The following is a general procedure to rapidly remove various cell lines from the substratum while maintaining cellular integrity. This procedure is not meant to be universally applicable for all cell lines. The optimal conditions and concentrations employed for individual systems should be determined empirically.  Cell viability should be routinely monitored at the time of subculturing. Cell viability should be greater than 90%.

  1. Warm all reagents to 37°C prior to use.
  2. Remove growth medium from cells.
  3. Thoroughly rinse cell monolayers with 5 ml Ca++- and Mg++-free PBS per T75 flask or 100 mm dish. Gently rock the flask (or dish), allowing the solution to bathe the cells for 30 to 60 seconds at room temperature. Aspirate the rinse solution and discard.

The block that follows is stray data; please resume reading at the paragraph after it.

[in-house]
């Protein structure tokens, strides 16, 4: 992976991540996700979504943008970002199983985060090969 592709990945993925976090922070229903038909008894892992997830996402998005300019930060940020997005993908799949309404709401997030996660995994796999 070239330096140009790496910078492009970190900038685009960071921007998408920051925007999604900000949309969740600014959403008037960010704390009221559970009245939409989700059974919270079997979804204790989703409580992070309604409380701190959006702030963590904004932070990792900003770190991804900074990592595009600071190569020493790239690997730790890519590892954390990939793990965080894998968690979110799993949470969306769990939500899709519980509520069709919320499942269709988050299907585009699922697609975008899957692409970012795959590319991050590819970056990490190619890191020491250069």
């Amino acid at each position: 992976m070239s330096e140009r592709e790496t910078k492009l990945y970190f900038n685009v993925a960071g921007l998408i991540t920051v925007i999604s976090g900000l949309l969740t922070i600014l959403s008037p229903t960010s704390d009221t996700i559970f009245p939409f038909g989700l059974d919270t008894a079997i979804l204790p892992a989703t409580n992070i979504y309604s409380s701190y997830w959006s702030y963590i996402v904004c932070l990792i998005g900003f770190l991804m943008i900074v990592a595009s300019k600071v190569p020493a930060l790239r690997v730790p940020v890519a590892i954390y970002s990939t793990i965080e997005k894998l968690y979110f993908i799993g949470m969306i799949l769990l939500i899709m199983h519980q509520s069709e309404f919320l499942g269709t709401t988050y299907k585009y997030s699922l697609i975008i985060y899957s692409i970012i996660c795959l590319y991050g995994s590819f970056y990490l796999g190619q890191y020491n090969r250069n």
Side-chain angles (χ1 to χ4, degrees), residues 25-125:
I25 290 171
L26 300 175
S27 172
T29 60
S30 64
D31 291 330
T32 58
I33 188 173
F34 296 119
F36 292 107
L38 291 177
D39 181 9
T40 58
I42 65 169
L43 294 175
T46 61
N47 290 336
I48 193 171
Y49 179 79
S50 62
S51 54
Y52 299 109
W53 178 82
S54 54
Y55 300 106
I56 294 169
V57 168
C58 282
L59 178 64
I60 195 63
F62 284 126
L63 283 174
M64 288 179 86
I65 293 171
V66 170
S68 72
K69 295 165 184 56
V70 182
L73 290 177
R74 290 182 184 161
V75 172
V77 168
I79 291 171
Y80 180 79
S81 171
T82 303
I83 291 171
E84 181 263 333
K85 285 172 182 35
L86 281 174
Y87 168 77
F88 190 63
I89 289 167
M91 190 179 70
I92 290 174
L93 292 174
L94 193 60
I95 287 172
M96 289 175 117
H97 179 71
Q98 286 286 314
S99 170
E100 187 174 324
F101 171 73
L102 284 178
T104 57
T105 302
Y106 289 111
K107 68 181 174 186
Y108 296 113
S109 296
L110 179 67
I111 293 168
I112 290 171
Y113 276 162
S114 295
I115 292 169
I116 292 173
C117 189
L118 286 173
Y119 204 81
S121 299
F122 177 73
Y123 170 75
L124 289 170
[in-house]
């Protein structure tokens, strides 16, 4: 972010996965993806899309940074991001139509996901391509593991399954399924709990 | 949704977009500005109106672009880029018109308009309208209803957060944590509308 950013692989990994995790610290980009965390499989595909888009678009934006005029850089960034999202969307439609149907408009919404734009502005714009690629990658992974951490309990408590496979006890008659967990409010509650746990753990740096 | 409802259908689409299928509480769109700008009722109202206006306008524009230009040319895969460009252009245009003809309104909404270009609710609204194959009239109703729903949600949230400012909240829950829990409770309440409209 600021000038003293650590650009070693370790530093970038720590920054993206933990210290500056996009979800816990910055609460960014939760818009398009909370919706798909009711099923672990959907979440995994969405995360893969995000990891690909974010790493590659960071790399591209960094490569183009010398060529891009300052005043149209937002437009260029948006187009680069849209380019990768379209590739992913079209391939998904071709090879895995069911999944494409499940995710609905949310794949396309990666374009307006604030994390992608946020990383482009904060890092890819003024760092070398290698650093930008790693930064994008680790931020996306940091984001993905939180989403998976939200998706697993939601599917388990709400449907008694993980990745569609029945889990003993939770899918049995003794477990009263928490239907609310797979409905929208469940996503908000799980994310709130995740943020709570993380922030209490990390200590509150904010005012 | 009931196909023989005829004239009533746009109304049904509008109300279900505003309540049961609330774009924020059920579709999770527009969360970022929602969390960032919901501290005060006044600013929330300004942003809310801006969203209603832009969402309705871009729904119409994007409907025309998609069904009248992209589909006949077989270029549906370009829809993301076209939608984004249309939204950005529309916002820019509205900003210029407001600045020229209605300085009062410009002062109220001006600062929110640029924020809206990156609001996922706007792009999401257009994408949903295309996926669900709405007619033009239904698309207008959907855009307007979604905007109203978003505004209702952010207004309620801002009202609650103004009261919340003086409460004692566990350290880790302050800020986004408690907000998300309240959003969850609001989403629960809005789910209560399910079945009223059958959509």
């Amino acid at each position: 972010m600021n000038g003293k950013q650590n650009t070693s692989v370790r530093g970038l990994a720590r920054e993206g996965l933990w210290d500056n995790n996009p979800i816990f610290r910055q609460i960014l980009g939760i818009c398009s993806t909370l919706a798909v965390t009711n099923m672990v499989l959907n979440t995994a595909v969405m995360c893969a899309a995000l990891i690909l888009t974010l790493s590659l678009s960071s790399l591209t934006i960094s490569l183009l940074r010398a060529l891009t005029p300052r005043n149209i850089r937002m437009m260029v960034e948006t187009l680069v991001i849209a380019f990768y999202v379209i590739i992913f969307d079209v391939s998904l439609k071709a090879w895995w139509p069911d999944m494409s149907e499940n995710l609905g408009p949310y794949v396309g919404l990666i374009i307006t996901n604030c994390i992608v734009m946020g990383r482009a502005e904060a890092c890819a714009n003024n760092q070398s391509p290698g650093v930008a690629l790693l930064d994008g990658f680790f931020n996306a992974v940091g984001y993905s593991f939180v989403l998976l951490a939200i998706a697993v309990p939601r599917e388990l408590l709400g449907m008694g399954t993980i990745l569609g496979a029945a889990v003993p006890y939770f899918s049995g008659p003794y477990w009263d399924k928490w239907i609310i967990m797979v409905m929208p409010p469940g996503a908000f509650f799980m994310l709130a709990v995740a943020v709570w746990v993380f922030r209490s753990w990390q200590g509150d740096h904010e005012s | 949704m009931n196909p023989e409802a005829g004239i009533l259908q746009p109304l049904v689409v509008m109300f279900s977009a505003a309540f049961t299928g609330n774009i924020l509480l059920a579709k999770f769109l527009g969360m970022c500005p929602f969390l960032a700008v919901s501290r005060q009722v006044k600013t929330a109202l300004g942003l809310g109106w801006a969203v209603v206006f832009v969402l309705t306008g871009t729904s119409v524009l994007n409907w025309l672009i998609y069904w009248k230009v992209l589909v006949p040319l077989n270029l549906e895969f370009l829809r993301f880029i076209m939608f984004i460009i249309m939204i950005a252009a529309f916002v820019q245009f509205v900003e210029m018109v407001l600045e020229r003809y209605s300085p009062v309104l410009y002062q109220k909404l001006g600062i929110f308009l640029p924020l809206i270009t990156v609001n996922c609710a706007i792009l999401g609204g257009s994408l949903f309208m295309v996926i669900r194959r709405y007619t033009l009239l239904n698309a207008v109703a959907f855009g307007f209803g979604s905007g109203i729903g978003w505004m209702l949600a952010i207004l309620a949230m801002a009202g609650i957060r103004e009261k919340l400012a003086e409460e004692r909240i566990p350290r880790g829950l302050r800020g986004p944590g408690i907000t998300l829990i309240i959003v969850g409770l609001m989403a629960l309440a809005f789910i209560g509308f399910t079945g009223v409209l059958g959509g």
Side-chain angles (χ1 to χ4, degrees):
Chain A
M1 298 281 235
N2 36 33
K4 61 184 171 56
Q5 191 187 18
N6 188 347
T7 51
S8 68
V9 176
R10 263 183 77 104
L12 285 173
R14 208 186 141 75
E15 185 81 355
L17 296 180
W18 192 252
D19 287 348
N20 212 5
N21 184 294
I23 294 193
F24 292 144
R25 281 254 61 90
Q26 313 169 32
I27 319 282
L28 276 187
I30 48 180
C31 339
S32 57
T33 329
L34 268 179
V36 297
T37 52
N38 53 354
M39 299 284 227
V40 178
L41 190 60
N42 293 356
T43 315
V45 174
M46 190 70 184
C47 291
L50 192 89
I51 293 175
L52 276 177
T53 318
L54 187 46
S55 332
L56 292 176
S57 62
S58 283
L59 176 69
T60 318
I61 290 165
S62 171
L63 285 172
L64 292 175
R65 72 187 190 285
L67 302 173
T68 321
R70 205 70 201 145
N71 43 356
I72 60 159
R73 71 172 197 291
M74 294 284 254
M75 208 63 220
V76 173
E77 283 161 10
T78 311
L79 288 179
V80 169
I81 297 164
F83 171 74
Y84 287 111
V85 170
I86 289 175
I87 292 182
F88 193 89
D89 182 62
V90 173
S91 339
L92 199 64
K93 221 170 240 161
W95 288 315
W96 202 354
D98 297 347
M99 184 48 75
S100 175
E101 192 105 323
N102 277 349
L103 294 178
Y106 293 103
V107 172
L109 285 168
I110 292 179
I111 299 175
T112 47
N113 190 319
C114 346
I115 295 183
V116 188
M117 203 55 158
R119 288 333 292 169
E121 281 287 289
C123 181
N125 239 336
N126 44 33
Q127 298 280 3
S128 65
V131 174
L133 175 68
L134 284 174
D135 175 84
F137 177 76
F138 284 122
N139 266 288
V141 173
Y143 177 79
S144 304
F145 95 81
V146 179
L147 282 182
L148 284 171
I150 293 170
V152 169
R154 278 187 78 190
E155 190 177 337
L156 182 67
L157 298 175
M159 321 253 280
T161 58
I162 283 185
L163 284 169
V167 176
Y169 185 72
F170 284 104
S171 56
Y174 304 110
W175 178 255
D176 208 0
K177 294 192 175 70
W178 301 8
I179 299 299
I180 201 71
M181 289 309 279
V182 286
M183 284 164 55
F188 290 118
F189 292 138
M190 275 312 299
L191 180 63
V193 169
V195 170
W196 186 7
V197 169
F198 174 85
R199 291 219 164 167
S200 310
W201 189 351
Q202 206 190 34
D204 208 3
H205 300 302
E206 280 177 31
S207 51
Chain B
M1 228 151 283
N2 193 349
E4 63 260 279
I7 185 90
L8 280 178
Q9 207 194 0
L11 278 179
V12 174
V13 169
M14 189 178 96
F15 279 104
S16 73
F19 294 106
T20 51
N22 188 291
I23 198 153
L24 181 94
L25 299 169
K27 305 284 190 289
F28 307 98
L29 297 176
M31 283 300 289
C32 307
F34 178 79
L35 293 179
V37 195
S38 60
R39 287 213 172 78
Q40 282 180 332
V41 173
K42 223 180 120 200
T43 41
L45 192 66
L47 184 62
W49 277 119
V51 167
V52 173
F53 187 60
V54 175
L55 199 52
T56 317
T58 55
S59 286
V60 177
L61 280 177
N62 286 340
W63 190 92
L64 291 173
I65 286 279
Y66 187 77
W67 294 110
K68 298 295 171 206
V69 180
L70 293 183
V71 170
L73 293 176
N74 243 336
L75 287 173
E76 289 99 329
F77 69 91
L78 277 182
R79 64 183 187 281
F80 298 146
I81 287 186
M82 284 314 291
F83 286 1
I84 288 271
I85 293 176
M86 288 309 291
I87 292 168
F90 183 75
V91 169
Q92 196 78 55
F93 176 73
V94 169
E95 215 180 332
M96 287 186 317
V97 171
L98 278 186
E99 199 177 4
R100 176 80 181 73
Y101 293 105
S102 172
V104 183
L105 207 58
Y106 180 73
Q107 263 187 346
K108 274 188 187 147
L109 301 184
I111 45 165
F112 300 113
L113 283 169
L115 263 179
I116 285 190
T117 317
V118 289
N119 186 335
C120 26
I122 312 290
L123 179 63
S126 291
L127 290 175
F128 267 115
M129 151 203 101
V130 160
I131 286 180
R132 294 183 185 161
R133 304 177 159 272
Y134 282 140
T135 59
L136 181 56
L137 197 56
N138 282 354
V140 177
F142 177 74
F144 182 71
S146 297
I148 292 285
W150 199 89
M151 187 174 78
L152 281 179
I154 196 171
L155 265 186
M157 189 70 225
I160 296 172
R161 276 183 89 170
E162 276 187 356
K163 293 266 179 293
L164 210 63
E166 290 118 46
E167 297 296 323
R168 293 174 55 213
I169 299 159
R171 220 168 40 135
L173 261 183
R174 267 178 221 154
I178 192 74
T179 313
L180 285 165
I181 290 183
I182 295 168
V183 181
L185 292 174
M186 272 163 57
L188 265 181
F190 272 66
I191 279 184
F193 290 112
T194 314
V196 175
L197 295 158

4. Repeat step 3.
  5. Add approximately 5 ml of Cell Dissociation Buffer per T75 flask or 100 mm dish and gently bathe cells by rocking at room temperature for 1 to 2 minutes. You may check for dissociation under the microscope.  Aspirate solution and discard.
  6. Firmly tap flask or dish against palm of hand to dislodge cells. If cells do not detach quickly, allow to sit at room temperature for another 2 to 5 minutes and tap flask against palm of hand again. This may be repeated for cells that are more strongly adherent (with 5 more mls of dissociation buffer). After the cells are visibly detached add at least 5 ml of complete growth medium. Resuspend cells in growth medium.

1. Freshney, R. (1987) Culture of Animal Cells: A Manual of Basic Technique, p. 117, Alan R. Liss, Inc., New York.

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